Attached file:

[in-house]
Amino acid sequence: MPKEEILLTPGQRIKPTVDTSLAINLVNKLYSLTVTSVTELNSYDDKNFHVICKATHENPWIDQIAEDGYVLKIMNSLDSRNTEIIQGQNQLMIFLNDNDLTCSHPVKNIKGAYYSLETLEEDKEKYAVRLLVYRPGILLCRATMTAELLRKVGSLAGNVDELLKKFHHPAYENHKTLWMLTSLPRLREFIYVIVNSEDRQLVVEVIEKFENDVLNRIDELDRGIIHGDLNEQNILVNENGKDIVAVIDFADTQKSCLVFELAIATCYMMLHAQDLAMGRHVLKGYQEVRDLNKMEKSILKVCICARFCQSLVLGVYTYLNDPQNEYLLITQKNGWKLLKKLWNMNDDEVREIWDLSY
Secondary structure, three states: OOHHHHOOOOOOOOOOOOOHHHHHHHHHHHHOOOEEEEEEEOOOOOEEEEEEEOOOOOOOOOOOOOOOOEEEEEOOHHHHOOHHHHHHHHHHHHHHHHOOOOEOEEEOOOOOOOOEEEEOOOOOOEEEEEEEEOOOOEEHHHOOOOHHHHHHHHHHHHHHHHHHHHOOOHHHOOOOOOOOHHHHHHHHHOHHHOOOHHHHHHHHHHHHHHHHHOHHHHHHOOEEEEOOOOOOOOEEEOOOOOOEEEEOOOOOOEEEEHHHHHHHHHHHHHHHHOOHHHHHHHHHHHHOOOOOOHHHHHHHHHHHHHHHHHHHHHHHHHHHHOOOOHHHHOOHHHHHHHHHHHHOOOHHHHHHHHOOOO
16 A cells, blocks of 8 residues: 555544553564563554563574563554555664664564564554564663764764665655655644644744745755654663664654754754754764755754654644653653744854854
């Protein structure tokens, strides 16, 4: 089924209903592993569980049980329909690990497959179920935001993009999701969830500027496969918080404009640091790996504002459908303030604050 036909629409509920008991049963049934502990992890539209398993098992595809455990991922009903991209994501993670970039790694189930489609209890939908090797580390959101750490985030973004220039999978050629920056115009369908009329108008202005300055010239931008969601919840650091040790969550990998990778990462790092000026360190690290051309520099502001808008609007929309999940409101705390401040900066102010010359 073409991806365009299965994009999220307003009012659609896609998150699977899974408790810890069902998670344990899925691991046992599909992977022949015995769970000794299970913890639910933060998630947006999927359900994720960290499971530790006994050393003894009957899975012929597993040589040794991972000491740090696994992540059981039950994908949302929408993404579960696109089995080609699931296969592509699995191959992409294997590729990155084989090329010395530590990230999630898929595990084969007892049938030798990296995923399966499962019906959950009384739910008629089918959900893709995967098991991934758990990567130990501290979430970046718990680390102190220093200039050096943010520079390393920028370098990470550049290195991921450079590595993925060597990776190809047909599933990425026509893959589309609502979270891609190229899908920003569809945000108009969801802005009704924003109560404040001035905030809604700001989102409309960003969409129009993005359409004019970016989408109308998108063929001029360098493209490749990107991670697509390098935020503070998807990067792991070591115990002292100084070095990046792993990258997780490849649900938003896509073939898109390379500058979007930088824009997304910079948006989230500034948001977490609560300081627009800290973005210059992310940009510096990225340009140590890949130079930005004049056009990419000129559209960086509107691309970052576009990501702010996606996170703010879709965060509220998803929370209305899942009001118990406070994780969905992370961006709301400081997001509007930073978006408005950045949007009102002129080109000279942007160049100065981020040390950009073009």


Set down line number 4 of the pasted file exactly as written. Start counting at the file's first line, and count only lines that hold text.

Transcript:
16 A cells, blocks of 8 residues: 555544553564563554563574563554555664664564564554564663764764665655655644644744745755654663664654754754754764755754654644653653744854854